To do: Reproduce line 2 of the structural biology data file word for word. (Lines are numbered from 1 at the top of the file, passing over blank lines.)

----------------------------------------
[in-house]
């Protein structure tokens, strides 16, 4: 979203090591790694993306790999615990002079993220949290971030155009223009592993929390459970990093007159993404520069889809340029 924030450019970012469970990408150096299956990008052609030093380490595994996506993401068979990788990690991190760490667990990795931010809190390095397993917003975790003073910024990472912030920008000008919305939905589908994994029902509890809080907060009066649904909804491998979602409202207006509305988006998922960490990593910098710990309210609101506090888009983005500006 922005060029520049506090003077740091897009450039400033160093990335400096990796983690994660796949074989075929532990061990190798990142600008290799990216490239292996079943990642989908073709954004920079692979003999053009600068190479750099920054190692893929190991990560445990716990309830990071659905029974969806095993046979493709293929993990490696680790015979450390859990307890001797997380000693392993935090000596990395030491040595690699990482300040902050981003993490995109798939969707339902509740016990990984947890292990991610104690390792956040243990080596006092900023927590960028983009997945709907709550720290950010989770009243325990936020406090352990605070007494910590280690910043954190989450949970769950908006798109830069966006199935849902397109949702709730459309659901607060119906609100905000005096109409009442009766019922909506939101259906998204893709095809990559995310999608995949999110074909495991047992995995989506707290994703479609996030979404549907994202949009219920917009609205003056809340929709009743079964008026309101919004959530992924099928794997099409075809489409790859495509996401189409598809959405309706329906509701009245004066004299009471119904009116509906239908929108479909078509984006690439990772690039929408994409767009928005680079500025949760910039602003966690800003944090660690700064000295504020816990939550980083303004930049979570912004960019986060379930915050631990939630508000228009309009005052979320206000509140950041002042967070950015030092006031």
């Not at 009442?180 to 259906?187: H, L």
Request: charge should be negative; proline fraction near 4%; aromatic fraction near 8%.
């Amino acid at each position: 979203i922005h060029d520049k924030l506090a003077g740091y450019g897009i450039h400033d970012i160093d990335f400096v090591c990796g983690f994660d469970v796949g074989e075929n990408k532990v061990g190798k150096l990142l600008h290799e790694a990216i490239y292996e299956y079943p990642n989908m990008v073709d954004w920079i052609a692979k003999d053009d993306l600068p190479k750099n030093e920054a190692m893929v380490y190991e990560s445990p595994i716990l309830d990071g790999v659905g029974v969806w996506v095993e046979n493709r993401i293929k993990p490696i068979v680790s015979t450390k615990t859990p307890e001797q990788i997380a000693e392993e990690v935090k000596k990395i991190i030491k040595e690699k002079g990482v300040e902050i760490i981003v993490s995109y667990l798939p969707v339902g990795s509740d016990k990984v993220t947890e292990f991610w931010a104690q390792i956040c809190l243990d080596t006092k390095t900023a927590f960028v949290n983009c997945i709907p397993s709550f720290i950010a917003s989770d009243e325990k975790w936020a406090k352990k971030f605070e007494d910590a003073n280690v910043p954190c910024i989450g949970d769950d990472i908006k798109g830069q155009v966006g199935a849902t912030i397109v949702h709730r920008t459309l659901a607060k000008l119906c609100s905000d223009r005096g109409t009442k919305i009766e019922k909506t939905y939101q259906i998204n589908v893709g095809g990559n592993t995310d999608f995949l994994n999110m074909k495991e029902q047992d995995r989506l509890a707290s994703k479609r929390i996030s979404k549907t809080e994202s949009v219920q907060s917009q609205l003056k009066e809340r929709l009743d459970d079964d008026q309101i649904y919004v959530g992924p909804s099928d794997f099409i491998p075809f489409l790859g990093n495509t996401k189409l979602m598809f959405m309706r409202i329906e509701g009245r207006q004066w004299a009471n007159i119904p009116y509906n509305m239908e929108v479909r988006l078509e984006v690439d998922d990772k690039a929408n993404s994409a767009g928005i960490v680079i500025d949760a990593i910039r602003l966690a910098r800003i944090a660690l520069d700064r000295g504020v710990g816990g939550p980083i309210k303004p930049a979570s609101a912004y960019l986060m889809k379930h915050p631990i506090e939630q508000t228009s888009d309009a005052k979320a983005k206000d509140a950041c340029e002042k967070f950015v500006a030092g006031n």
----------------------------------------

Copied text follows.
């Protein structure tokens, strides 16, 4: 979203090591790694993306790999615990002079993220949290971030155009223009592993929390459970990093007159993404520069889809340029 924030450019970012469970990408150096299956990008052609030093380490595994996506993401068979990788990690991190760490667990990795931010809190390095397993917003975790003073910024990472912030920008000008919305939905589908994994029902509890809080907060009066649904909804491998979602409202207006509305988006998922960490990593910098710990309210609101506090888009983005500006 922005060029520049506090003077740091897009450039400033160093990335400096990796983690994660796949074989075929532990061990190798990142600008290799990216490239292996079943990642989908073709954004920079692979003999053009600068190479750099920054190692893929190991990560445990716990309830990071659905029974969806095993046979493709293929993990490696680790015979450390859990307890001797997380000693392993935090000596990395030491040595690699990482300040902050981003993490995109798939969707339902509740016990990984947890292990991610104690390792956040243990080596006092900023927590960028983009997945709907709550720290950010989770009243325990936020406090352990605070007494910590280690910043954190989450949970769950908006798109830069966006199935849902397109949702709730459309659901607060119906609100905000005096109409009442009766019922909506939101259906998204893709095809990559995310999608995949999110074909495991047992995995989506707290994703479609996030979404549907994202949009219920917009609205003056809340929709009743079964008026309101919004959530992924099928794997099409075809489409790859495509996401189409598809959405309706329906509701009245004066004299009471119904009116509906239908929108479909078509984006690439990772690039929408994409767009928005680079500025949760910039602003966690800003944090660690700064000295504020816990939550980083303004930049979570912004960019986060379930915050631990939630508000228009309009005052979320206000509140950041002042967070950015030092006031």